With the second largest market cap after Bitcoin, Ethereum is one of the world’s most widely traded cryptocurrencies. However, if you’re planning on buying and holding any ETH, it’s important to find a secure wallet to ensure the safe storage of your tokens.
There’s an extensive range of Ethereum-compatible wallets available, so the challenge is sifting through them all to find one that suits you. So, what are some of the best options when it comes to Ether wallets? Read on to find out.
Learn more Where to buy Ether (ETH)
Disclaimer: This information should not be interpreted as an endorsement of cryptocurrency or any specific
provider, service or offering. It is not a recommendation to trade.
Popular wallets for Ethereum
Browse some of the most popular Ether wallet choices by category:
What to look for in an Ethereum wallet
If you’re searching around for the best Ethereum wallet, make sure you look for the following features:
- Security. Security should be your number-one concern when choosing a wallet, so research the features and measures a wallet has in place to protect your funds. For example, does it come with two-factor authentication and what processes are in place to allow for easy backup and recovery?
- Smart contract support. Smart contracts are implemented on the Ethereum network against a public address, but to access this address you’ll need an ETH wallet that’s compatible with smart contracts.
- Private keys. Look for a wallet that allows you to retain control of your private key, as this allows you to control your ETH holdings at all times.
- Ongoing development. Ethereum wallets are a relatively new creation in the world of cryptocurrency, so it’s important to look at the development team behind a wallet. In addition, check whether that team is constantly working to improve the wallet and whether other users have had good experience with the wallet’s customer support staff.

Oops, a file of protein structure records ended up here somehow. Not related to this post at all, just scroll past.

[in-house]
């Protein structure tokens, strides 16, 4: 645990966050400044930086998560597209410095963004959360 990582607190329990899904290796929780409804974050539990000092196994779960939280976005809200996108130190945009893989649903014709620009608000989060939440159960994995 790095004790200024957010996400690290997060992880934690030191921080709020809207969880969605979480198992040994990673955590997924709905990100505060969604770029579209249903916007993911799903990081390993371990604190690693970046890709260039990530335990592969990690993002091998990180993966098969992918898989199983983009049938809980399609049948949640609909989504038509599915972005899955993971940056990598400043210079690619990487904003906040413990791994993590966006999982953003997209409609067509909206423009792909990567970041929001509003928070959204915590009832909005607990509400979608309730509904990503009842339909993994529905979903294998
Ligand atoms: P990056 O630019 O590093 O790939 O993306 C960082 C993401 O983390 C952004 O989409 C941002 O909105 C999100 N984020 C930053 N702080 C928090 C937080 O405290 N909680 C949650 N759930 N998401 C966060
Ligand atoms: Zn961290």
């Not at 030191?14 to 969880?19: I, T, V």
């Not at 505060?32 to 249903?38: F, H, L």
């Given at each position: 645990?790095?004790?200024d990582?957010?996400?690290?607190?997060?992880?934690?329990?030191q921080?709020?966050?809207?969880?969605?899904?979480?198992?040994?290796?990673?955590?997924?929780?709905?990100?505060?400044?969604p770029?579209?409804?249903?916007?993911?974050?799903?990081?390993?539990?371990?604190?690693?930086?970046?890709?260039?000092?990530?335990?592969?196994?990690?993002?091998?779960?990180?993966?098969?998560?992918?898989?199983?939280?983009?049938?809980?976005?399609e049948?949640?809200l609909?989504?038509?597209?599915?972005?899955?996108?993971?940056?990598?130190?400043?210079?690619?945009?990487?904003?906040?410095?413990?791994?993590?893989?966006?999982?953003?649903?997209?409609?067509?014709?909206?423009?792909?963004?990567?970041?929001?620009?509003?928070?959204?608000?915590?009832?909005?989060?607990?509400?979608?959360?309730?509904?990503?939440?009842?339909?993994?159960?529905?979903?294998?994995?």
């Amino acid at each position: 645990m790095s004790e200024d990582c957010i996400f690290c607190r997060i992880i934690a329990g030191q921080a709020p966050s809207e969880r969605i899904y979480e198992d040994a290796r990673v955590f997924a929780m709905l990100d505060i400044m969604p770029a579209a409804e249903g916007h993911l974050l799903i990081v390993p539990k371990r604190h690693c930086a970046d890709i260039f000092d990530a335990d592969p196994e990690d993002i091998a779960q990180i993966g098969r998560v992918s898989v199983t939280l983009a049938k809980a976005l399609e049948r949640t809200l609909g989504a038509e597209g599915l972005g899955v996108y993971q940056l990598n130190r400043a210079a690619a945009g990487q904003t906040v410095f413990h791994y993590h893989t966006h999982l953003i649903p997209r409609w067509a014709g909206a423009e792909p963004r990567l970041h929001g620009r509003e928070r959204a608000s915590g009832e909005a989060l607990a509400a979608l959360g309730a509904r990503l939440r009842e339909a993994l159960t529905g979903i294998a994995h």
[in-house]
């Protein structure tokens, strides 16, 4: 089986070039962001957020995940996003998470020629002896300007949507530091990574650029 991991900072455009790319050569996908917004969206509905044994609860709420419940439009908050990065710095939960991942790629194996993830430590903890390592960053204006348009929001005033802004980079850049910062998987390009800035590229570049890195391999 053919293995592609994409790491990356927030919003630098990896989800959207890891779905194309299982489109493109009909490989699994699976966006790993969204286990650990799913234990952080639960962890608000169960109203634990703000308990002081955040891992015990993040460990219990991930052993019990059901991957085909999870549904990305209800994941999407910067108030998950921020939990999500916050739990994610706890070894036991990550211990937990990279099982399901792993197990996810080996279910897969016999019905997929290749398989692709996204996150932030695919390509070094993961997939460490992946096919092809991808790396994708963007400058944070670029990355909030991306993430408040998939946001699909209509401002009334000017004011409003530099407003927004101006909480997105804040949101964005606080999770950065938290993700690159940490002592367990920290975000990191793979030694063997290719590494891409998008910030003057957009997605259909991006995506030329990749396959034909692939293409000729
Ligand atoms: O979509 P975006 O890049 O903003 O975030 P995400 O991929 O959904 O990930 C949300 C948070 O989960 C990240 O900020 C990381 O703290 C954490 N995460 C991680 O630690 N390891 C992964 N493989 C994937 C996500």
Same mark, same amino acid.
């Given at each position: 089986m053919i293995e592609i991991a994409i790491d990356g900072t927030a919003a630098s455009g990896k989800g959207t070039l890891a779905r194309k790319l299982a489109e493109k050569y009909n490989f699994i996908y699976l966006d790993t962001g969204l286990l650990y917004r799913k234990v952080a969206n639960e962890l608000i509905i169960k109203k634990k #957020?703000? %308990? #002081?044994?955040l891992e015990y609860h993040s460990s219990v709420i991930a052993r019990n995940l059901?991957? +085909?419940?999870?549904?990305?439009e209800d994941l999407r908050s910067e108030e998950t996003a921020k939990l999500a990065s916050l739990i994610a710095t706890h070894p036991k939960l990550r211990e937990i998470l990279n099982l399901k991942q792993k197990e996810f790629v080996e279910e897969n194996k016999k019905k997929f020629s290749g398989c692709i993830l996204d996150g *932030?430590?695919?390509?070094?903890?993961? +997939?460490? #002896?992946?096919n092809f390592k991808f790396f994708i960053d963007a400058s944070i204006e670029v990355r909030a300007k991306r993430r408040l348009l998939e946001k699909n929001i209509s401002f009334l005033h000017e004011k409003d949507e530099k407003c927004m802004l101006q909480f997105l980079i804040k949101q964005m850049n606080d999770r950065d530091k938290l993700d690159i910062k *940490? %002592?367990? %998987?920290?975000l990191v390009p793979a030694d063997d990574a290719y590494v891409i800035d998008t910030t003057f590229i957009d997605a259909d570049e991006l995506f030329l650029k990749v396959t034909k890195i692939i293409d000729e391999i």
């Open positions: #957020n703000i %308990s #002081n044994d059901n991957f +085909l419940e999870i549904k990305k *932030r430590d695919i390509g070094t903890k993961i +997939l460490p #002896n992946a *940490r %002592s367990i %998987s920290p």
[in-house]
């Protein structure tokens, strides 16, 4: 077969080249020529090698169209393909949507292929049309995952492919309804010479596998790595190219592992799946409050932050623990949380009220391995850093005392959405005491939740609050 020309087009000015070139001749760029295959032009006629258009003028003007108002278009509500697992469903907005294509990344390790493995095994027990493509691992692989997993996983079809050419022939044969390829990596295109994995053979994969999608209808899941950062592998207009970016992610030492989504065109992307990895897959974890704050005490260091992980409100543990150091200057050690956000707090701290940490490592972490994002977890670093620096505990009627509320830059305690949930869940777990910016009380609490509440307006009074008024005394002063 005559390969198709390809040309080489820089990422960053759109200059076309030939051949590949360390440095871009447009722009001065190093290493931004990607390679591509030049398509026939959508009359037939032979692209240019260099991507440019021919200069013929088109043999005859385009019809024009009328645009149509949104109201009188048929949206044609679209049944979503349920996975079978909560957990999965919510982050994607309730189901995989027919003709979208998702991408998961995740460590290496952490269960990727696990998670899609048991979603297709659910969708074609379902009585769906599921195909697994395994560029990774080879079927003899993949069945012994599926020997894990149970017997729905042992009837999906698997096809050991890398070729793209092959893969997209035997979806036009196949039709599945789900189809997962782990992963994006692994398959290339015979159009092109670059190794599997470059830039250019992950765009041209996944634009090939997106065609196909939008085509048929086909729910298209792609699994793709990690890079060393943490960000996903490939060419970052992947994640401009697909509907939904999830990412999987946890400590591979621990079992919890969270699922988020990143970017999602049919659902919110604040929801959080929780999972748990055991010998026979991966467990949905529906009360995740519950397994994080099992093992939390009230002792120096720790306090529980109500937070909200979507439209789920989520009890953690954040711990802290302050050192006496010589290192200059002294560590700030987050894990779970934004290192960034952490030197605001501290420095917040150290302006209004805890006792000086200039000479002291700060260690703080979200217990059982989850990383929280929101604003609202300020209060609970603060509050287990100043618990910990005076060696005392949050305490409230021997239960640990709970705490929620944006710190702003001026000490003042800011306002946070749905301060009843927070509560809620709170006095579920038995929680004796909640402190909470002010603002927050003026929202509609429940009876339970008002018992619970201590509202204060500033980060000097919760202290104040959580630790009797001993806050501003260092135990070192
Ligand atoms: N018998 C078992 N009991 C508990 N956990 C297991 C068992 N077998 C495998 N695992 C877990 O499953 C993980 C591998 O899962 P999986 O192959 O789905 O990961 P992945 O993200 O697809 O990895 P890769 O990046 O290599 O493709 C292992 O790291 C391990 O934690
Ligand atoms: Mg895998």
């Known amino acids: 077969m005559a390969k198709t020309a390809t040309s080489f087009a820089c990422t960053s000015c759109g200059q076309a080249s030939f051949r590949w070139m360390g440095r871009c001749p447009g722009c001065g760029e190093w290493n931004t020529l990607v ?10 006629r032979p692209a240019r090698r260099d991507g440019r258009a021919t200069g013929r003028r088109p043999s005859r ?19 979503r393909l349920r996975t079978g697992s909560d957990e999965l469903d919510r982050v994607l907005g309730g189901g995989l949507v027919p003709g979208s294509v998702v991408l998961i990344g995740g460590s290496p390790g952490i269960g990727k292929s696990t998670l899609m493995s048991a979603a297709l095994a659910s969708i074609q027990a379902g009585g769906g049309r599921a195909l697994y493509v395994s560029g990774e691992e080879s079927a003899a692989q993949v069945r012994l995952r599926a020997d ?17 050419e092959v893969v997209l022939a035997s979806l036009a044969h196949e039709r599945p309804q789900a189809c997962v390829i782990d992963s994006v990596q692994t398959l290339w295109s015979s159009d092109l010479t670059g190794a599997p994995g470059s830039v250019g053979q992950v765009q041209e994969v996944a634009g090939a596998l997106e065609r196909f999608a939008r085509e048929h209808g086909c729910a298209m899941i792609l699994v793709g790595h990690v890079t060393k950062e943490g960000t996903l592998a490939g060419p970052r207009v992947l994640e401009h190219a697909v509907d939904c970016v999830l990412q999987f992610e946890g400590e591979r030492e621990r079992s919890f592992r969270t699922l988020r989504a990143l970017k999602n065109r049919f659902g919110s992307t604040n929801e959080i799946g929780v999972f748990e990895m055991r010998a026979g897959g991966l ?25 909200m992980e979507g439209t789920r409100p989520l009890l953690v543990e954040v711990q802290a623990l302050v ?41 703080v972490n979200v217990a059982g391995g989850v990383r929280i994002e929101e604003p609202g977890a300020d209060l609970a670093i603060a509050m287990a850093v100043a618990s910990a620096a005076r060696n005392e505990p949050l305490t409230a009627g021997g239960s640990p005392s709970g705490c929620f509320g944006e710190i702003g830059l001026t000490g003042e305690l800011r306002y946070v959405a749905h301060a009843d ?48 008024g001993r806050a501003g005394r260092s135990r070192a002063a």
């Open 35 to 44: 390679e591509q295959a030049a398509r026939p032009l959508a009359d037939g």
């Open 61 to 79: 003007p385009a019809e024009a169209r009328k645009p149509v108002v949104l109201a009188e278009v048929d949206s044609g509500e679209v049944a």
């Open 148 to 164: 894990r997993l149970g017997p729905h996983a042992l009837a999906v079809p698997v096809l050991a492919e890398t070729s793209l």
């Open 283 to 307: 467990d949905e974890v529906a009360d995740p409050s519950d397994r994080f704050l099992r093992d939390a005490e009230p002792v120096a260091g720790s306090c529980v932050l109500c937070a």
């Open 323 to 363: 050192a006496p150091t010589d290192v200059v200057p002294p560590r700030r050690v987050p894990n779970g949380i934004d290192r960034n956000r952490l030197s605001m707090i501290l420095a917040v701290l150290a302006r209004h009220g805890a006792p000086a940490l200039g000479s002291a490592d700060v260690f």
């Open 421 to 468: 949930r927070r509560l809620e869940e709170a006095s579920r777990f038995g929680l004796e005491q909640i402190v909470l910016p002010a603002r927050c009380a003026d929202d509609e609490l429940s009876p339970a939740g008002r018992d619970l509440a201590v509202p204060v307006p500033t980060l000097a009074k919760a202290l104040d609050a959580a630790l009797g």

- Ease of use. Cryptocurrency wallets can sometimes be confusing and complicated, so look for a wallet that’s easy to use and understand from the get-go.
- Compatibility. Can you access your wallet on the device or devices you want to use to manage your cryptocurrency?
- Support for multiple currencies. If you’re looking to store other crypto coins or tokens, does the wallet provide support for any other currencies?
Check out our comprehensive guide to choosing a cryptocurrency wallet
Hardware wallets are offline vaults that provide a form of cold storage for your cryptocurrency. They’re widely considered to be more secure than web, desktop and mobile wallets.
- Security, storing a wide range of cryptocurrencies, quick setup and use
TREZOR was the first ever hardware wallet developed for Bitcoin storage, so it’s a well-established offering, but it now provides support for Ethereum as well. In fact, it also supports all other ERC20 tokens on the Ethereum network, as well as Ethereum Classic (ETC), Litecoin (LTC), Dash (DASH), Zcash (ZEC), Bitcoin Cash (BCH) and more.